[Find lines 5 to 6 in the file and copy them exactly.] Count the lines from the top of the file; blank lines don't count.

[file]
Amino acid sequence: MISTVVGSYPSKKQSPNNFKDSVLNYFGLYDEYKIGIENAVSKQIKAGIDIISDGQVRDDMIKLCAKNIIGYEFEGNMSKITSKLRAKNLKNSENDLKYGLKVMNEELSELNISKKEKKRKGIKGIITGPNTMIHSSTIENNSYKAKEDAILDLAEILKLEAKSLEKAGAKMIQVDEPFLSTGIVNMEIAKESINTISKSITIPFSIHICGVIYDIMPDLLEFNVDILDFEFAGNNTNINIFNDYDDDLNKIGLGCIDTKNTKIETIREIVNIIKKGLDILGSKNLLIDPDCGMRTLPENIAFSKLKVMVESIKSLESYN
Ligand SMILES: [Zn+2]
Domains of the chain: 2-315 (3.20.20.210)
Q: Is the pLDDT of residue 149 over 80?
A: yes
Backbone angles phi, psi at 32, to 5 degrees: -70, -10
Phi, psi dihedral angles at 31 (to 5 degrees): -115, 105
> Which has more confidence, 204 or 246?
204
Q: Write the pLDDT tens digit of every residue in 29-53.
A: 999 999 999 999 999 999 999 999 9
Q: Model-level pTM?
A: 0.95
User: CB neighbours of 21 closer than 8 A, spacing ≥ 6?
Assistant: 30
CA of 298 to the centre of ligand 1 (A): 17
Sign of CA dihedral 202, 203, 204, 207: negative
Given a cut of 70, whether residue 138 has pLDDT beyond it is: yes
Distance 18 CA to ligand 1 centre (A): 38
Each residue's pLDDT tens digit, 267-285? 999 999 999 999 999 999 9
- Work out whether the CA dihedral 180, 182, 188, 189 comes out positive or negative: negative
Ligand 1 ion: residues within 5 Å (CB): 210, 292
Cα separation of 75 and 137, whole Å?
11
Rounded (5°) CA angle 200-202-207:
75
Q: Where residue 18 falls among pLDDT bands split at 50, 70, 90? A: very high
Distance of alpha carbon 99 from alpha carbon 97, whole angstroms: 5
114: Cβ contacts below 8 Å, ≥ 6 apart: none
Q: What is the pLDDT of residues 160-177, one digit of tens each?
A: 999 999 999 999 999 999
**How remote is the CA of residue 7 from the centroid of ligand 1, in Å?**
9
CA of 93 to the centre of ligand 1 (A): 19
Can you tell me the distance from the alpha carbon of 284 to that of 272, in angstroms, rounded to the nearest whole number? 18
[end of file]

A: yes
Backbone angles phi, psi at 32, to 5 degrees: -70, -10